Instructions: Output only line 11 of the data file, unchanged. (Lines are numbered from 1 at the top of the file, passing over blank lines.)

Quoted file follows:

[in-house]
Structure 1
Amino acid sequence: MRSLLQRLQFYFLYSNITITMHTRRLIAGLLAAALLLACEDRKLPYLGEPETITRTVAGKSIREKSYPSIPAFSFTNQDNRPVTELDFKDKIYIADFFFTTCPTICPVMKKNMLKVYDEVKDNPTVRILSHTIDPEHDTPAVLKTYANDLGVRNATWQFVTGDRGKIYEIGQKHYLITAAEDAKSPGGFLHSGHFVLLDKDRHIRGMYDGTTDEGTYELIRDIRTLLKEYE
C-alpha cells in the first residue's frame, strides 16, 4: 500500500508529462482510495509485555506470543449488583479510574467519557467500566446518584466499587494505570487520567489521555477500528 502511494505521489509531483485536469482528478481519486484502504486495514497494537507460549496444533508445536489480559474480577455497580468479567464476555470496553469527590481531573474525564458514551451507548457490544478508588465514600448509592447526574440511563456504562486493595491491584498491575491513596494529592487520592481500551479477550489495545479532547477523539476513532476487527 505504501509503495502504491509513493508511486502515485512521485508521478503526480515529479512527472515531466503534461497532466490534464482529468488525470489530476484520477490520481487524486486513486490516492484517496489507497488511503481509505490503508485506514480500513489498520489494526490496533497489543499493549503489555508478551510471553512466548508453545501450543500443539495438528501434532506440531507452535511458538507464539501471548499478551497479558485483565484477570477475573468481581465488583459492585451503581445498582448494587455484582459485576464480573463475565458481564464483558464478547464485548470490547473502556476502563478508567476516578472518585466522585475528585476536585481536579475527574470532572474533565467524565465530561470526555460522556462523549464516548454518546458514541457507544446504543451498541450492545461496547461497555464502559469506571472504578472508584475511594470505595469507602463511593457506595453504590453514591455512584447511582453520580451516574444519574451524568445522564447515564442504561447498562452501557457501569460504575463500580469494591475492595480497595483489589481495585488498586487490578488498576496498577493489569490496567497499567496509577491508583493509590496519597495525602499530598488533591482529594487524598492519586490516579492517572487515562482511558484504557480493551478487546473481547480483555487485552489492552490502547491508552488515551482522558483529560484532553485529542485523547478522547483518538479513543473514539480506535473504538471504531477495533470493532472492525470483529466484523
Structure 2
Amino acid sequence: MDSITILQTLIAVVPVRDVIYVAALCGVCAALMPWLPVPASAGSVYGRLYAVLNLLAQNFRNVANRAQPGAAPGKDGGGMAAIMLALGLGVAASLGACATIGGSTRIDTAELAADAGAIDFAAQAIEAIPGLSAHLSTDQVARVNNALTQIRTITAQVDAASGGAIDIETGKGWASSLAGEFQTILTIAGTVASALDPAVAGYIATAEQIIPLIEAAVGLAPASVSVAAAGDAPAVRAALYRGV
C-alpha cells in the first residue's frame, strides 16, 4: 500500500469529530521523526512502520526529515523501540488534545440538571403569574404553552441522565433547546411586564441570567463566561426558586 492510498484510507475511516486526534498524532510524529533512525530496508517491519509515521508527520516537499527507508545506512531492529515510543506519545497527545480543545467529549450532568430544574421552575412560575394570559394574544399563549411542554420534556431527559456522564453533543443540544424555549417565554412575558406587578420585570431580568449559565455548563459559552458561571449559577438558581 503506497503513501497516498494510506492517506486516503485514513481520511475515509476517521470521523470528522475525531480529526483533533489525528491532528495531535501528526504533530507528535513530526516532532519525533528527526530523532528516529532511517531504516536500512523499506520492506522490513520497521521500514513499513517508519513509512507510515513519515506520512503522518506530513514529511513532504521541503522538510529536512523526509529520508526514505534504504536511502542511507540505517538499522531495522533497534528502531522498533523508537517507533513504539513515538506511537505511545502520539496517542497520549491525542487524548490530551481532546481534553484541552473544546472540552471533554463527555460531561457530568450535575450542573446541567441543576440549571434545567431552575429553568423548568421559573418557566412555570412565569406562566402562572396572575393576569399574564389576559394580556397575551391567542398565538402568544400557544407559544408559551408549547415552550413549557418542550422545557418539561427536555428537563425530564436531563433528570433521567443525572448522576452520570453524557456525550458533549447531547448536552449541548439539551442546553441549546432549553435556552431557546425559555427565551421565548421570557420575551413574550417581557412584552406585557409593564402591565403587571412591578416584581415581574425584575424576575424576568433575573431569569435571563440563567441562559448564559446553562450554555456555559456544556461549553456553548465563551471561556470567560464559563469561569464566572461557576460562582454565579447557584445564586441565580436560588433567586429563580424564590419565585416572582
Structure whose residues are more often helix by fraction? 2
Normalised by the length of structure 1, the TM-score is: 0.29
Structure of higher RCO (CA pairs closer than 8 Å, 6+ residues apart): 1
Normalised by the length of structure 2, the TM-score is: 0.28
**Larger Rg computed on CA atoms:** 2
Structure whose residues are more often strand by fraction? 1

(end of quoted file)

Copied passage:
Normalised by the length of structure 2, the TM-score is: 0.28